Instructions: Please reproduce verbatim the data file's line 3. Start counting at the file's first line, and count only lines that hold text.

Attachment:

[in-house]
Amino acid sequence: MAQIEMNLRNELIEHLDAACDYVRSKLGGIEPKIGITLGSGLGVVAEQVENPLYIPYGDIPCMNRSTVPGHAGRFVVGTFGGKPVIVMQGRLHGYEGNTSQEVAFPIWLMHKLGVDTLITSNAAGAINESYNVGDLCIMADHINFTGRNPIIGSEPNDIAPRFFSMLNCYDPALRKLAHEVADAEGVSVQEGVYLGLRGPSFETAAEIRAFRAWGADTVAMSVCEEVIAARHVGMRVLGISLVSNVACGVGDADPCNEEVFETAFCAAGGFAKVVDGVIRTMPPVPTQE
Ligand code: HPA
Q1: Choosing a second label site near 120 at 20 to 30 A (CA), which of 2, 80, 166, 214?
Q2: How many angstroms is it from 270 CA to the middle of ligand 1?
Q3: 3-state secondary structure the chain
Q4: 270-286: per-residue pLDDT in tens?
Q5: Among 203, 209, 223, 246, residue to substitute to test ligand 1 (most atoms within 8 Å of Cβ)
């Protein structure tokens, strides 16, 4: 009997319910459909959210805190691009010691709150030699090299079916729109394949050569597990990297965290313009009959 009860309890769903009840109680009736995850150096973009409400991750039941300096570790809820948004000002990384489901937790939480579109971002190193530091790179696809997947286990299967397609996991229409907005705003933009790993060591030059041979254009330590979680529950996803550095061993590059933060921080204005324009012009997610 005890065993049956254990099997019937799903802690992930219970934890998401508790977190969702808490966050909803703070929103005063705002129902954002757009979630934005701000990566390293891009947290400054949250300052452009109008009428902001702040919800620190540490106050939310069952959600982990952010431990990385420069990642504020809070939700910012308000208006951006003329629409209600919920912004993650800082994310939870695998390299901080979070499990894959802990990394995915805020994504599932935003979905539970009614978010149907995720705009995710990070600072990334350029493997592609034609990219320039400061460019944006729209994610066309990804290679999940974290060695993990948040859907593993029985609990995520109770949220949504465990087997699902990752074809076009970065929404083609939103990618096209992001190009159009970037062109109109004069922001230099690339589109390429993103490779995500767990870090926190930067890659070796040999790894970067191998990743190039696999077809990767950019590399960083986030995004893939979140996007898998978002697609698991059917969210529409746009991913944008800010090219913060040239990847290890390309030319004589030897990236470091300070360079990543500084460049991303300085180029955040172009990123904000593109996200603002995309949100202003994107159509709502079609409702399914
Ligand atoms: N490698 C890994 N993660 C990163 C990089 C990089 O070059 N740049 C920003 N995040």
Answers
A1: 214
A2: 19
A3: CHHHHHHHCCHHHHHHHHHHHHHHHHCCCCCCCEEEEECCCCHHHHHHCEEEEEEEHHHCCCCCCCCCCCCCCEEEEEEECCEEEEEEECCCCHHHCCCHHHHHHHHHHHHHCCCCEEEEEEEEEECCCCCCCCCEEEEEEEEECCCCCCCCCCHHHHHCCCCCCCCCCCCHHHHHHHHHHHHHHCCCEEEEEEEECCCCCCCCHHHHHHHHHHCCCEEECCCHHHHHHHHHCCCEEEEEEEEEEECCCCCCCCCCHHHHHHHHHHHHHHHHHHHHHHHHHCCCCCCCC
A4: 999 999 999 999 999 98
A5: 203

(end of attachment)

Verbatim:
Ligand code: HPA